Once again, and for the fifth time the last year, I’m back in the Bay Area. This time I’ve spent a week here arriving on March 18th and heading back to Norway one week later. The main reason for coming here was to attend ITSEF 2013 held for the 7th time. It’s a IT Security conference arranged by SINET (presentet below) at Stanford University. I also had some meetings with IT security companies in Silicon Valley since I’m working in this sector with my product Ensafer for Cloud encryption. And of course, I did a lot of networking and had lunch and dinner with different people.
This blog post gives some highlights from this conference with some other experiences from the trip.
What is ITSEF?
This is a forum where early stage and emerging growth companies and executives from industry, government, academia and VC meet in one collegial setting. The event was held at Frances C. Arrillaga Alumni Center at Stanford University in Silicon Valley.
Here is what SINET write on their web site about this event:
”Please join us as we advance innovation, lead change and build trusted global communities of interest and trust between the public and private sectors at the 7th annual ITSEF. SINET events do not sell speaking spots or vendor booths. This principal allows us to foster a culture of mission, trust and purpose. An environment where buyers, builders, researchers and investors are here for a common goal to advance innovation and a desire to help one another.”
ITSEF is a two day event with a workshop the first day (half day with two tracks) and more of a conference style the second day (full day). I attended both.
Day 1: Workshops
On the first day ITSEF had gathered experts from government, industry and the venture capital and investment banking communities to share their expertise on a broad range of business challenges facing early stage and emerging growth companies – like my own product Ensafer. This gave an opportunity for us entrepreneurs to gain top-level guidance from specialized practitioners who want to help high-tech emerging companies make a difference. That’s what startups are looking for.
Here are the workshops I attended:
- In-Q-Tel 101 – How to Work with In-Q-Tel to Understand the Applicability of Your Technology to the US Intelligence Community.
- Latest Cutting Edge Research at Stanford University.
- The National Cybersecurity Center of Excellence: Engineering and Advances in Cybersecurity.
- How to Sell to the Government of Canada and What New Security Technologies are They Looking For.
ITSEF also hosted One-on-One meetings with members of the VC and Investment Banking communities as well as Federal Government Officials from Communications Security Establishment Canada (US equivalent NSA). I had an interesting meeting with CSEC from Canada and an investor panel the next day. This is a great opportunity to pitch and connect with people that would be hard to reach otherwise. This is important to entrepreneurs attending conferences like this, and it’s an important reason to attend ITSEF also next year.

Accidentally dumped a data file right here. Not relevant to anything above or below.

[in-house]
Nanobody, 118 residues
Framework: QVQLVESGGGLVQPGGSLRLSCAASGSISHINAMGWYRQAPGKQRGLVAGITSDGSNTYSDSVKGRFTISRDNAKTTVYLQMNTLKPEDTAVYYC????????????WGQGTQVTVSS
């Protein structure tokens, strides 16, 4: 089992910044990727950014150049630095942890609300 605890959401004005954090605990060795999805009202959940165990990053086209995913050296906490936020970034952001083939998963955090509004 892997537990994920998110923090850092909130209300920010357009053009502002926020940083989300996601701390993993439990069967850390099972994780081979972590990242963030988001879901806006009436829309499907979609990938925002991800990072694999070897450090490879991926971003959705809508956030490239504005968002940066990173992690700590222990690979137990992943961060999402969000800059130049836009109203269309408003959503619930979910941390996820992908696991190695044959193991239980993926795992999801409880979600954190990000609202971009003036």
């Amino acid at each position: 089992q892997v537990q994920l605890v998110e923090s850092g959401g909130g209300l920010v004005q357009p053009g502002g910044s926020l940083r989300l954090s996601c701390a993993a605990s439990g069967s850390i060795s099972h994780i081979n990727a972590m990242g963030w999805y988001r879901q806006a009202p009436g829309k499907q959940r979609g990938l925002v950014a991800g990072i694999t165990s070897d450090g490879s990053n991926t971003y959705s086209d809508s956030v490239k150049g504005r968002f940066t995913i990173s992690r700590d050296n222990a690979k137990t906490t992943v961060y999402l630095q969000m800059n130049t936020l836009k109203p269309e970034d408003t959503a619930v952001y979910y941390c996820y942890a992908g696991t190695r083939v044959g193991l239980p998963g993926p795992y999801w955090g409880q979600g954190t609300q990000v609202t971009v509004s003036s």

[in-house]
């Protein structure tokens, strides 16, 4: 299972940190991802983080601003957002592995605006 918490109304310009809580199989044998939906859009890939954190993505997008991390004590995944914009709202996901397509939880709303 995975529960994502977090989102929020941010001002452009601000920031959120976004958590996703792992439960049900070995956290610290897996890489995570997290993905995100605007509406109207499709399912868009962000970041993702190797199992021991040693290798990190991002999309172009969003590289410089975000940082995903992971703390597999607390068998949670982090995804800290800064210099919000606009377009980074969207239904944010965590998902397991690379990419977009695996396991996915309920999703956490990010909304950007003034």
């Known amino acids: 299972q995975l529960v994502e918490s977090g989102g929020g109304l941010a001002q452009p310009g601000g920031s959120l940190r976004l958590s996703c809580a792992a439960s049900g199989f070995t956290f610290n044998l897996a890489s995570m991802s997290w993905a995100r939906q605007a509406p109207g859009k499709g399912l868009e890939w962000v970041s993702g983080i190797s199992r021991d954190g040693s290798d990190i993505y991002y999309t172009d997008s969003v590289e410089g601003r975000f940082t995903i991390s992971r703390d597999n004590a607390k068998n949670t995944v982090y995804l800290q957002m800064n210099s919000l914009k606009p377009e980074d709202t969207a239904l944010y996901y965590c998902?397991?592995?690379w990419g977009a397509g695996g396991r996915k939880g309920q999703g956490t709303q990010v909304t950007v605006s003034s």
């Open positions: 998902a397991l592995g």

Day 2: Conference
This was a full day packed with interesting talks and panel discussions. The taglines of the day was: ”Innovate – Inspire – Engage” and ”Democratizing Security Innovation: Connecting Industry, Government & Academia”. Sounds good.
After welcome and introductory remarks the show went on with these sessions with good names for talks, interviews and panels:
- Technology will Help us Solve Humanity’s Grand Challenges, but What About the Risks?
- How Successful Security Companies Entered the Federal Market to Design the Right Solutions for the Broader Market and How their Success Affected Their Eventual Exit.
- Cybersecurity M&A and IPO’S: Trends and Lessons.
- Security and Privacy in Big Tech Trends.
- The Future of The Internet – Who Should Own It – Outcomes and Implications From the 2012 WCIT in Dubai.
- Whats Up – Whats Down for 2013, Where will the Cybersecurity Budget Win and Where Will it Lose?
- Active Cyber Defenses: Defining Private and Public Sector Roles.
They also had an interesting networking and information sharing hour during the lunch:
”The ITSEF is providing the opportunity for attendees to sit down in an informal and intimate (8-10 per table) setting with security leaders from private industry, Federal Government and venture capital. This optional “Information Sharing Hour” is designed to promote awareness, education and learning opportunities on how solution providers can best shape their vision, roadmap and assess their current path to meet the market needs.”